Natural Flood Management

October 2023

Ann Berkeley

Evenlode Catchment Partnership Project Manager

With changing weather patterns due to global warming there has been an increase in heavy rainfall events along with longer hot dry periods. Natural flood management (NFM) is fast becoming a very important tool to combat both flooding issues and drought by helping to regulate water within the catchment.

The Environment Agency is developing a Thames Valley Flood Scheme which will focus on hard engineering solutions to retain large amounts of water in the mid-Thames catchment areas. These will be expensive to construct and will take time to deliver. This might prevent flooding downstream but will do nothing to help those communities in the upper catchments which flood regularly.

The Evenlode Catchment Partnership is working to address these issues using natural flood management in the upper catchments. In partnership with Gloucestershire County Council, we are working with landowners upstream of Bledington and Moreton in Marsh.  By installing leaky woody dams and field corner bunds water can be held back during high rainfall events which reduces and delays the peak levels downstream.

Field corner bunds in action

Landowners can also help by increasing the organic matter in their soil which will increase the capacity of the soil to retain water. Many of the landowners along the floodplain are now reverting their arable fields to grass. This will have multiple benefits including sequestering carbon, reducing erosion of soils and keeping nutrients on farms.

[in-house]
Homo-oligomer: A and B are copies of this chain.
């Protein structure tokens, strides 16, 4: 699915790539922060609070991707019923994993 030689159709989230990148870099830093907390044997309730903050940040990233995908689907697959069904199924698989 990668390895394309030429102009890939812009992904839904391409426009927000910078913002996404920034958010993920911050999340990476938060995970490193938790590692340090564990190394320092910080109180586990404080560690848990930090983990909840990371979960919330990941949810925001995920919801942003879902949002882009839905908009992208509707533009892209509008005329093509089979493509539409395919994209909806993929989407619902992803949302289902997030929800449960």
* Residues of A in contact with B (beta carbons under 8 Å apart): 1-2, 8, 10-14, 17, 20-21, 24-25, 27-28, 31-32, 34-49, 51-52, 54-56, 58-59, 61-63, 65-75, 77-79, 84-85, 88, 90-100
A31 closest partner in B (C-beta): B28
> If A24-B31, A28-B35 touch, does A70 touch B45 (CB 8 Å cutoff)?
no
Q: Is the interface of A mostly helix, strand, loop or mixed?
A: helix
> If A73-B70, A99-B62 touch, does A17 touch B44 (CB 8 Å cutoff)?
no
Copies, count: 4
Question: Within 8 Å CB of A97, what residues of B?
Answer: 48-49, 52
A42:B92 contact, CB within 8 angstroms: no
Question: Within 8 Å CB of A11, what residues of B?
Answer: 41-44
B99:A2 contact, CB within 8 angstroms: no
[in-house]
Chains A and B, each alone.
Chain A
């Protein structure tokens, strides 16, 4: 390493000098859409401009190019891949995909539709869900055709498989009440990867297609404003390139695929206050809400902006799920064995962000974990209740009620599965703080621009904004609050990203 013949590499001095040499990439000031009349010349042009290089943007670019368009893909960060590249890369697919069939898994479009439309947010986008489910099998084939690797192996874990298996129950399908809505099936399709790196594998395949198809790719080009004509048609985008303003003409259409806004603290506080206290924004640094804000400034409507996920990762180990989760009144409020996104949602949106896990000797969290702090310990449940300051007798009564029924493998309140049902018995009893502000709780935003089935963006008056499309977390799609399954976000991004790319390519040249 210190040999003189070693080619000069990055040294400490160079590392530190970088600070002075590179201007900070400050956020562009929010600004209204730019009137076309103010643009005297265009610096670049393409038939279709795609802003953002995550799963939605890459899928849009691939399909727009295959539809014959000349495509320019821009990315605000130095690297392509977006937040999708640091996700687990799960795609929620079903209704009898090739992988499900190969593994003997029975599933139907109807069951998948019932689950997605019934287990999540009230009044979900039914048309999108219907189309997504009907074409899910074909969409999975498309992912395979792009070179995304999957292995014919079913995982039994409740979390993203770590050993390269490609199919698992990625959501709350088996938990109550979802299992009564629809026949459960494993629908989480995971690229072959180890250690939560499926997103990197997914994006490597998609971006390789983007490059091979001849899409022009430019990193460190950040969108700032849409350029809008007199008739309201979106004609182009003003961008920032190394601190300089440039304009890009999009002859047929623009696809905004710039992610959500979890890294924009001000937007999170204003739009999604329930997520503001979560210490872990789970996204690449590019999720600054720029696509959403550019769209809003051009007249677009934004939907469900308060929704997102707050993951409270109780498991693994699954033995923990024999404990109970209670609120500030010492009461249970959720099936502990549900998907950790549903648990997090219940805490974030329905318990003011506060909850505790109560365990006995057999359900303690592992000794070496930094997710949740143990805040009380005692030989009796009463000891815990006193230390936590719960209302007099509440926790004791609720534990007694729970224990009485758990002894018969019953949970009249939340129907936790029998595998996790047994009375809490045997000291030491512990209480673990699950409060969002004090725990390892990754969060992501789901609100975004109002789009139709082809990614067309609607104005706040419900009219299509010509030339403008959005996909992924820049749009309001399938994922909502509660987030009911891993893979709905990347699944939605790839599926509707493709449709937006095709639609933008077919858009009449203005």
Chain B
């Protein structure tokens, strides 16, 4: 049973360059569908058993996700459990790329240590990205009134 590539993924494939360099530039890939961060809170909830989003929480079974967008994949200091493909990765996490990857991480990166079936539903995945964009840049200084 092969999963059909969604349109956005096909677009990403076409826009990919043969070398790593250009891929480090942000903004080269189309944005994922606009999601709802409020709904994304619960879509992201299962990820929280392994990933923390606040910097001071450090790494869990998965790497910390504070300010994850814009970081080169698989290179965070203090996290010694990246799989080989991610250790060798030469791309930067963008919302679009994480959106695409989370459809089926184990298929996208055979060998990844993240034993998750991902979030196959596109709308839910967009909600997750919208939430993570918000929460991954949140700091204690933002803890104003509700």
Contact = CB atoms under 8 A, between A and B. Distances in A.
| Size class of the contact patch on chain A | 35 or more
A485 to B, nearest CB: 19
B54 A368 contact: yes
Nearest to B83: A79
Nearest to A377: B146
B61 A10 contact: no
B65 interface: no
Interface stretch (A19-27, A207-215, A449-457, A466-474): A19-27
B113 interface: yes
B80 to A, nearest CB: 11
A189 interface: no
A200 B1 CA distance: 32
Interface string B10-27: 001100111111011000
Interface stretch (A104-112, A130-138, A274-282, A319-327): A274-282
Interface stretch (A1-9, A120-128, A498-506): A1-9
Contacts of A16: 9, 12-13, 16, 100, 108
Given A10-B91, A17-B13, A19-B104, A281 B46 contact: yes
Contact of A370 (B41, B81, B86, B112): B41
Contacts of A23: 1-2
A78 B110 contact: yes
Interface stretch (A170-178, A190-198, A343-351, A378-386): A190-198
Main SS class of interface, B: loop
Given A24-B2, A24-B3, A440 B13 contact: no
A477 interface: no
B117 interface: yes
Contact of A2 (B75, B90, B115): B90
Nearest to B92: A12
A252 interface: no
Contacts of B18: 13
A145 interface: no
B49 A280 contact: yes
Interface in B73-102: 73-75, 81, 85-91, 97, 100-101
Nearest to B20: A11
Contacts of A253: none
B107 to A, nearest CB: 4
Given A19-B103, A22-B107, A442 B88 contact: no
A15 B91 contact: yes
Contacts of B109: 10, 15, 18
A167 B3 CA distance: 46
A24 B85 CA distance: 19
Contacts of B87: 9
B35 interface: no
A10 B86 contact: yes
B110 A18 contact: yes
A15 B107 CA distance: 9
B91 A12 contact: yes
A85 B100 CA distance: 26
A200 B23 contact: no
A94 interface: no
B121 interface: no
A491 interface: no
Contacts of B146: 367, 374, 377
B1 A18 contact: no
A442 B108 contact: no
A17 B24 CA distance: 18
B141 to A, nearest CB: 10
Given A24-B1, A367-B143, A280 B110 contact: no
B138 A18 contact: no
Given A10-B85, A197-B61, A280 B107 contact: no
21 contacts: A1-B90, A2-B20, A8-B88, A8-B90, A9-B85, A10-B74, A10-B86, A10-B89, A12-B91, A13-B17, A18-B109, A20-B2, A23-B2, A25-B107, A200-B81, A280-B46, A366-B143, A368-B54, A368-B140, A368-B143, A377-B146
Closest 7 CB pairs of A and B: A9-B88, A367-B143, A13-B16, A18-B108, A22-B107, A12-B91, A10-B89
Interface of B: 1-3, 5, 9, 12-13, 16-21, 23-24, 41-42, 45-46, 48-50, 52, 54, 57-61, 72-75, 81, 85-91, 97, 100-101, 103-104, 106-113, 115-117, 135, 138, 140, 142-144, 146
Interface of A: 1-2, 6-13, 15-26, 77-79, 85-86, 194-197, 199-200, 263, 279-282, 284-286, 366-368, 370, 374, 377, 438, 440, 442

Through regular monitoring of our NFM scheme on the Littlestock Brook, it has been thrilling to learn that, not only does this project reduce flooding, but it brings multiple benefits including increased biodiversity.

We are privileged to be able to work with Landowners at a landscape scale, but a recent study by Southern Water in the Isle of Wight has shown that householders given 200L rain storage butts helped to reduced raw sewage spills by 70 per cent, and the company plans to introduce similar trials across Kent, Hampshire and East Sussex.

A water butt rapidly fills up during prolonged rainfall. In the version deployed by Southern Water, a drain halfway up the receptacle releases a lot of the water into the network over a five-hour period. However, releasing the water into a soakaway would be even more beneficial. Unlike other butts, this leaves a space in the drum for the next time it rains. The water collected can also be used in the garden, which not only provides better quality water for the plants but helps reduce demand in dry spells.

Could you fit a rain butt onto a roof downpipe?

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